Analyzing the difference in globalization evolution in different geographical regions, comparing CAGR of trade and CAGR of supply risk according to Figure 4, we notice that there emerge two clusters: one with the advanced economies EU and NA and another with the emerging economies. The clusters of globalizing countries (SCA, CIS, ME, Africa, Asia) are characterized by high growth rates of trade whereas the de-globalizing countries (EU and NA) are characterized by reduced growth rates of trade; i.e. the segregation of pattern is not

Figure 3. Regional pattern on disaggregated level.                      

Figure 4. Emerging clusters of macro-economic regions.                 

given by the absolute volume of trade but on the growth rate of trade. It is the growth rate which will determine if an economy is globalizing or de-globalizing.

If we consider also the demand risk of an economical region, i.e. inequality in imports, we obtain the overall globalization evolution shown in Figure 5. From Figure 5 and Table 1 it emerges that EU is the most globalized region from a sourcing view point with a demand risk rY(yXY) of 0.34 followed by Asia with 0.36 and ME with 0.37. The overall most globalized region, according to Pareto iso-risk curves, is Asia, followed by EU and ME, i.e. reflecting mainly supply risk; we will continue therefore to concentrate on this dimension.

High risk level, i.e. high inequality, usually originates from predominant autarchic economy orientation with limited foreign trade. This is typical for emerging economies as well as for geographically isolated economies, such as SCA, or politically isolated economies, such as CIS, which focus on the home market. Low risk level, i.e. high globalization of trade, is seen in economies such as Asia, EU and ME. According to Table 1, also in 2012 ME showed with 0.73 a lower supply risk level than NA with 0.81, i.e. ME remains more globalized than NA.

Figures 6 and 7 show the behavior of globalization during the recession of an economic cycle. Figure 6

Figure 5. Most globalized regions.                                   

Figure 6. Evolution of regional risk during economic cycle.               

shows that risk level is increasing during a contraction of trade also on a disaggregated level as the model in Figure 2 shows. In addition, Figure 7 shows that there are different sensitivities in risk change of the different economic regions. Economic regions well endowed with commodities such as CIS, ME, and Africa show a coherent behavior of high sensitivity, whereas mature economies such as NA and EU show no relevant change in globalization levels during economic cycles. Only SCA behaved differently with low sensitivity; this shows that there are also other driving factors influencing risk change than merely change in economic cycle, such as a well balanced portfolio composition of destination countries for export giving more robust solutions.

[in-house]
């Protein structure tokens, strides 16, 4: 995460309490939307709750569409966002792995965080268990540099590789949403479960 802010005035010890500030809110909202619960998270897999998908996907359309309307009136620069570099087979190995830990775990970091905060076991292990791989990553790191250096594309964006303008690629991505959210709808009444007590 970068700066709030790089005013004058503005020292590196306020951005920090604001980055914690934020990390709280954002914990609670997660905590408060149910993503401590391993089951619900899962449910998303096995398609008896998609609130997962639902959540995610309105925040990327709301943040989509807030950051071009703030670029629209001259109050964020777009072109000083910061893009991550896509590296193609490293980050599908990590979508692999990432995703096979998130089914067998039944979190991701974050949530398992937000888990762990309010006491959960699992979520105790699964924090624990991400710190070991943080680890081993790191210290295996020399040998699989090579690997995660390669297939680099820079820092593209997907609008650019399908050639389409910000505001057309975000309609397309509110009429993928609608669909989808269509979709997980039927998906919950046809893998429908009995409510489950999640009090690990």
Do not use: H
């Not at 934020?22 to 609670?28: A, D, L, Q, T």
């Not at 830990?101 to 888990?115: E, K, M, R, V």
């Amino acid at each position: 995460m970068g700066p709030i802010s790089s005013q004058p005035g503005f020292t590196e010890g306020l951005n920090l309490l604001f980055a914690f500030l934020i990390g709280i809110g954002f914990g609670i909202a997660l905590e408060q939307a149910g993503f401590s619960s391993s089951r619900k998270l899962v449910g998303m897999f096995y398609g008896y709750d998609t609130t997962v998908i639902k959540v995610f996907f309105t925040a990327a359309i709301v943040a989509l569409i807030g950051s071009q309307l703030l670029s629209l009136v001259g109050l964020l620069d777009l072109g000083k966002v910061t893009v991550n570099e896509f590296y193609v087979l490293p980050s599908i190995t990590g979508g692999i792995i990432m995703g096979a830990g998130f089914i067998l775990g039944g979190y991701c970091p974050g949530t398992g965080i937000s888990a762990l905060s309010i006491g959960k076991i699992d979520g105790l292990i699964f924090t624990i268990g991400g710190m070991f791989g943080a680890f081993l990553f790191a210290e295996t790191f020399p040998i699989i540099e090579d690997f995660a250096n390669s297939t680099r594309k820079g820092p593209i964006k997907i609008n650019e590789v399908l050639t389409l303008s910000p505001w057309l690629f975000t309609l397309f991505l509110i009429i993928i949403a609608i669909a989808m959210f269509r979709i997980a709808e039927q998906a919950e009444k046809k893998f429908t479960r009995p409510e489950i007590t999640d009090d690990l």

5. Interpretation of Results

The question arises what are the causes of this different evolution in globalization? From empirical interpretation there are possibly two main causes which drive the different evolutions of trade globalization:

Figure 7. Sensitivity of regional risk during economic cycle.              

• The maturity degree of economic region (advanced or emerging);

• The characteristics of product/goods (commodities or specialties, as well as low-cost products).

Indeed, the product characteristics determine the business type (commodities, standards, specialties, convenience) and the related globalization types with its specific logic [1] -[3] . We will concentrate on the three subtypes of type 1 trade globalization: type 1a the globalization of commodities, type 1b the globalization of specialties, and type 1c the opportunistic low-cost globalization. Figure 8 shows synoptically the difference between the three subtypes of trade globalization. We have to be aware that globalization types may overlap, e.g. capital globalization type 2a with trade type 1b or type 1c; these globalization types, each with different logics, give a rough classification to facilitate understanding of globalization [1] . Let us give in the following a brief overview; for detailed information we refer to [1] , as well as [2] , and [3] entering into all three main types of economic globalization as well as their seven sub-types.